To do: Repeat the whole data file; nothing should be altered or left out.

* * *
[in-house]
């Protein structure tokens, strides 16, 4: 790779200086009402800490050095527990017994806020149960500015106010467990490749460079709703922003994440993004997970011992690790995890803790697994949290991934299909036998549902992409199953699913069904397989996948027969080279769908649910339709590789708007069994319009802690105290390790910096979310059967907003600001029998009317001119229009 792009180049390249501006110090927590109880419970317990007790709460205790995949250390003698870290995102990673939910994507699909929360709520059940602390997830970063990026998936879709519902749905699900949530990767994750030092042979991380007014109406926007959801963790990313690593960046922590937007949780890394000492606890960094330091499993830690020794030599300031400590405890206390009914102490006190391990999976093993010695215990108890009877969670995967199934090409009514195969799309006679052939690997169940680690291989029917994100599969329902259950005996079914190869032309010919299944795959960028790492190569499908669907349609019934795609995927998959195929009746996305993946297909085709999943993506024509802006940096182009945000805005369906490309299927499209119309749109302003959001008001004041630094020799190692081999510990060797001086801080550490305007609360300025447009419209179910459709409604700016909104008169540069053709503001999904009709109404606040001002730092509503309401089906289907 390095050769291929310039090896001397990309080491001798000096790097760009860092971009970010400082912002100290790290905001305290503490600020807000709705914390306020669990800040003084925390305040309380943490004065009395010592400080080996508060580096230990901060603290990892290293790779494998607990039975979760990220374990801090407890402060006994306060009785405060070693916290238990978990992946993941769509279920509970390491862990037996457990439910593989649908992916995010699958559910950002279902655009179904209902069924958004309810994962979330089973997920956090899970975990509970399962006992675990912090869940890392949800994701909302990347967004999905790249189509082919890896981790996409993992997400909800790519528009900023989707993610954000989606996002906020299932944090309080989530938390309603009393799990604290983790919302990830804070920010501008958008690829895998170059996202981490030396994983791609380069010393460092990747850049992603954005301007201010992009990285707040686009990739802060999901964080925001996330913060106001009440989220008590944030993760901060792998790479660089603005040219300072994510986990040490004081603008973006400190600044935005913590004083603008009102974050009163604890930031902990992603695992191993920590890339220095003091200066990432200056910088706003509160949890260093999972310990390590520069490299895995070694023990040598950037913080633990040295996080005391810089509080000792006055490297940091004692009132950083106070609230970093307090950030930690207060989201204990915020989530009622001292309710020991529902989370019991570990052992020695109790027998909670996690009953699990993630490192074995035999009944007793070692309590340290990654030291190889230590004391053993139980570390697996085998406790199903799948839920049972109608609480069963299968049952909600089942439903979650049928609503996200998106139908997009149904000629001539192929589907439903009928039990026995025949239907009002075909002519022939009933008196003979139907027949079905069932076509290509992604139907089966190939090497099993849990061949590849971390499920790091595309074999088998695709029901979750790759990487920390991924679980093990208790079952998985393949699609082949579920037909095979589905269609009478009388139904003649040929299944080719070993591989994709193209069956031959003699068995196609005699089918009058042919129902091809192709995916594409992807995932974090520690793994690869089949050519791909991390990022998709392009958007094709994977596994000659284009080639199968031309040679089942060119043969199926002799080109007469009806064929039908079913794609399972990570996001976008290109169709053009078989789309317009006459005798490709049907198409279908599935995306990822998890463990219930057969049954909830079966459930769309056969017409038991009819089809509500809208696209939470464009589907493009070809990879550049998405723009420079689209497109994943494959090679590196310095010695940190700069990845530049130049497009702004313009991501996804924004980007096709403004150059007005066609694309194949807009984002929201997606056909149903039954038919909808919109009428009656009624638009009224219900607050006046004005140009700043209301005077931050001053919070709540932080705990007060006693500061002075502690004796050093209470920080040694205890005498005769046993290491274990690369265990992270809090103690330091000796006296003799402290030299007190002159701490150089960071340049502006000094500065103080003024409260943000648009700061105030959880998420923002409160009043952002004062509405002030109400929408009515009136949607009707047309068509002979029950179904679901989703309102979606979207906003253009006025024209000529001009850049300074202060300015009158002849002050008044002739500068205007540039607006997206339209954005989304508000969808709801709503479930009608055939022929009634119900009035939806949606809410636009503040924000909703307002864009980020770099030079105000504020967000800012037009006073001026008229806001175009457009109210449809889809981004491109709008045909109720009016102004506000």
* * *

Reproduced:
[in-house]
């Protein structure tokens, strides 16, 4: 790779200086009402800490050095527990017994806020149960500015106010467990490749460079709703922003994440993004997970011992690790995890803790697994949290991934299909036998549902992409199953699913069904397989996948027969080279769908649910339709590789708007069994319009802690105290390790910096979310059967907003600001029998009317001119229009 792009180049390249501006110090927590109880419970317990007790709460205790995949250390003698870290995102990673939910994507699909929360709520059940602390997830970063990026998936879709519902749905699900949530990767994750030092042979991380007014109406926007959801963790990313690593960046922590937007949780890394000492606890960094330091499993830690020794030599300031400590405890206390009914102490006190391990999976093993010695215990108890009877969670995967199934090409009514195969799309006679052939690997169940680690291989029917994100599969329902259950005996079914190869032309010919299944795959960028790492190569499908669907349609019934795609995927998959195929009746996305993946297909085709999943993506024509802006940096182009945000805005369906490309299927499209119309749109302003959001008001004041630094020799190692081999510990060797001086801080550490305007609360300025447009419209179910459709409604700016909104008169540069053709503001999904009709109404606040001002730092509503309401089906289907 390095050769291929310039090896001397990309080491001798000096790097760009860092971009970010400082912002100290790290905001305290503490600020807000709705914390306020669990800040003084925390305040309380943490004065009395010592400080080996508060580096230990901060603290990892290293790779494998607990039975979760990220374990801090407890402060006994306060009785405060070693916290238990978990992946993941769509279920509970390491862990037996457990439910593989649908992916995010699958559910950002279902655009179904209902069924958004309810994962979330089973997920956090899970975990509970399962006992675990912090869940890392949800994701909302990347967004999905790249189509082919890896981790996409993992997400909800790519528009900023989707993610954000989606996002906020299932944090309080989530938390309603009393799990604290983790919302990830804070920010501008958008690829895998170059996202981490030396994983791609380069010393460092990747850049992603954005301007201010992009990285707040686009990739802060999901964080925001996330913060106001009440989220008590944030993760901060792998790479660089603005040219300072994510986990040490004081603008973006400190600044935005913590004083603008009102974050009163604890930031902990992603695992191993920590890339220095003091200066990432200056910088706003509160949890260093999972310990390590520069490299895995070694023990040598950037913080633990040295996080005391810089509080000792006055490297940091004692009132950083106070609230970093307090950030930690207060989201204990915020989530009622001292309710020991529902989370019991570990052992020695109790027998909670996690009953699990993630490192074995035999009944007793070692309590340290990654030291190889230590004391053993139980570390697996085998406790199903799948839920049972109608609480069963299968049952909600089942439903979650049928609503996200998106139908997009149904000629001539192929589907439903009928039990026995025949239907009002075909002519022939009933008196003979139907027949079905069932076509290509992604139907089966190939090497099993849990061949590849971390499920790091595309074999088998695709029901979750790759990487920390991924679980093990208790079952998985393949699609082949579920037909095979589905269609009478009388139904003649040929299944080719070993591989994709193209069956031959003699068995196609005699089918009058042919129902091809192709995916594409992807995932974090520690793994690869089949050519791909991390990022998709392009958007094709994977596994000659284009080639199968031309040679089942060119043969199926002799080109007469009806064929039908079913794609399972990570996001976008290109169709053009078989789309317009006459005798490709049907198409279908599935995306990822998890463990219930057969049954909830079966459930769309056969017409038991009819089809509500809208696209939470464009589907493009070809990879550049998405723009420079689209497109994943494959090679590196310095010695940190700069990845530049130049497009702004313009991501996804924004980007096709403004150059007005066609694309194949807009984002929201997606056909149903039954038919909808919109009428009656009624638009009224219900607050006046004005140009700043209301005077931050001053919070709540932080705990007060006693500061002075502690004796050093209470920080040694205890005498005769046993290491274990690369265990992270809090103690330091000796006296003799402290030299007190002159701490150089960071340049502006000094500065103080003024409260943000648009700061105030959880998420923002409160009043952002004062509405002030109400929408009515009136949607009707047309068509002979029950179904679901989703309102979606979207906003253009006025024209000529001009850049300074202060300015009158002849002050008044002739500068205007540039607006997206339209954005989304508000969808709801709503479930009608055939022929009634119900009035939806949606809410636009503040924000909703307002864009980020770099030079105000504020967000800012037009006073001026008229806001175009457009109210449809889809981004491109709008045909109720009016102004506000």